A central component of both the framework and the new course is the role of dialogue – the act of sharing, challenging and refining ideas. It is closely linked to a more fundamental belief that we need to challenge leadership as the work of ‘heroic’ individuals. As Professor John MacBeath, the original director of the work at Cambridge put it at the time: “Leadership does not just rest with the headteacher; it should be exercised at every level within a school and its community.”

What is Leadership for Learning?

The original Leadership for Learning research project was set up back in 2001 to study how these deceptively simple terms interrelate. The researchers and practitioners involved came from seven countries and, over four years, worked with a network of schools, to try to understand what effective leadership looks like in education.

Specifically, the team wanted to understand the connections between leadership and learning, illuminating how we can most effectively lead learning and what practical strategies will help. What eventually emerged was the ‘Leadership for Learning’ (LfL) framework to which students on the new course will be introduced.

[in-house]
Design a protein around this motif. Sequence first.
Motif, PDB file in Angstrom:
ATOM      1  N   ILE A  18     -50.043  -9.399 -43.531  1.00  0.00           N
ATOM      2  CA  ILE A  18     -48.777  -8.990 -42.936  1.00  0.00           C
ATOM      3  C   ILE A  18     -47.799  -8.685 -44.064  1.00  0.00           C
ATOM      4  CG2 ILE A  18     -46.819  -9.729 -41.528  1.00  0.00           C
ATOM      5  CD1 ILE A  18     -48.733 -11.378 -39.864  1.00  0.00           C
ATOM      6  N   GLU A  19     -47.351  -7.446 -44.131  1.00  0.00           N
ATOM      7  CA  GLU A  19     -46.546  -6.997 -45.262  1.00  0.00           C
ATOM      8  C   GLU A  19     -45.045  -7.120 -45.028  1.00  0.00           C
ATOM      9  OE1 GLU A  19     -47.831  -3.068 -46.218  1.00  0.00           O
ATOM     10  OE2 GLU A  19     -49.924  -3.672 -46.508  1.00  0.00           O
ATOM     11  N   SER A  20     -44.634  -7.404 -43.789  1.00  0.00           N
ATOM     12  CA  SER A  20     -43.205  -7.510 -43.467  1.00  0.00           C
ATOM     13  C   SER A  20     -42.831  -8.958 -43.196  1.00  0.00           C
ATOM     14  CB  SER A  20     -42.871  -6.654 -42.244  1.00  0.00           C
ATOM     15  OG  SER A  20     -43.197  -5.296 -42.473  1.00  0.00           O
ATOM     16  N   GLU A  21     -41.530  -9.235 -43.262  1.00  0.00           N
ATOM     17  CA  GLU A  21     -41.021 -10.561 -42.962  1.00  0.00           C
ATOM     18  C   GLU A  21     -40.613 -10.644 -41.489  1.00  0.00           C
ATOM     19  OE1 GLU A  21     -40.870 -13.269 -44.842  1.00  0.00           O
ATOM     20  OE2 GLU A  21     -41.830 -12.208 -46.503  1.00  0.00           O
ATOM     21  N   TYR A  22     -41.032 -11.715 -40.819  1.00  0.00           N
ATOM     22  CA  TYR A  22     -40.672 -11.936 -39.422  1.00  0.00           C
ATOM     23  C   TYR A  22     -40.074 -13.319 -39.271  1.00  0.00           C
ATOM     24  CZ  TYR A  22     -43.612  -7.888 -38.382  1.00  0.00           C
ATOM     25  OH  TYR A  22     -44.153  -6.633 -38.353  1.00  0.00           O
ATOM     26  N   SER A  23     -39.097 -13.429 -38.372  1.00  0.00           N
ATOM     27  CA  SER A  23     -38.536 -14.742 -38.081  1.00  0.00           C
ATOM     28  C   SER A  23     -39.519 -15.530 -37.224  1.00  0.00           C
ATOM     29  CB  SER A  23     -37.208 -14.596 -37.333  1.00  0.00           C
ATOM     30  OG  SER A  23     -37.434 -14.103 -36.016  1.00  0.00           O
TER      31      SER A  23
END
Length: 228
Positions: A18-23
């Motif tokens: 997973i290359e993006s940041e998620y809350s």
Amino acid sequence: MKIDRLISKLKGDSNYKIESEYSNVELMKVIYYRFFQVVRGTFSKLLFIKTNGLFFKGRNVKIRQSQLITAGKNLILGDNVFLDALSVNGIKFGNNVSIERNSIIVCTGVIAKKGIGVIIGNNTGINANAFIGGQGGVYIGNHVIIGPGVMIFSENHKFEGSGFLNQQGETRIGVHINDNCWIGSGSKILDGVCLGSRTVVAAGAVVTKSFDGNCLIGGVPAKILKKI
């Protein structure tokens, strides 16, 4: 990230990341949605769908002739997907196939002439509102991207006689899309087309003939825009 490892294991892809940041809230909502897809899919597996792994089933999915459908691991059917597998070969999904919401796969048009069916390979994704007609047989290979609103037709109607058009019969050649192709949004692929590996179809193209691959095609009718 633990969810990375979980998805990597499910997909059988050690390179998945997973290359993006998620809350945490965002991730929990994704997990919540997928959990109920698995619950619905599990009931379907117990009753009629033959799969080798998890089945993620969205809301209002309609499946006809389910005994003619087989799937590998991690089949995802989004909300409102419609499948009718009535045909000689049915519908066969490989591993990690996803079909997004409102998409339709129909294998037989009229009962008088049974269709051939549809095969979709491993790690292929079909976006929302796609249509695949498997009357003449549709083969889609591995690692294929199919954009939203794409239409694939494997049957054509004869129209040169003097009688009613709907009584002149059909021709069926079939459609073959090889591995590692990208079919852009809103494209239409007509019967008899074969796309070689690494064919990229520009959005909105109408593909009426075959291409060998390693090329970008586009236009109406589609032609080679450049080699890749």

Several important ideas underpin this. One is that both leadership and learning should be seen as activities as well as roles. Leadership, for example, involves influencing others, taking initiative, modelling behaviours, and making choices that benefit others. Learning involves posing questions, analysing things, and testing ideas. Neither is therefore just about what we do alone, they also concern what we do together – and a unifying sense of purpose is therefore key.

Dr Sue Swaffield Associate Professor in Educational Leadership and School Improvement at the Faculty of Education, who will be leading the course, has highlighted the importance of ‘agency’: ensuring that everyone involved in a process feels empowered to enact what may often be small, but significant, expressions of leadership. “We have all had that experience of thinking ‘I wish I had said this, or done that’, when it was too late,” she reflects. “Those are often moments when, even if only briefly, we might have provided some form of leadership. When we talk about agency in Leadership for Learning, we partly mean how we can equip people to seize those moments – how to make them feel like they can speak up and make a difference.”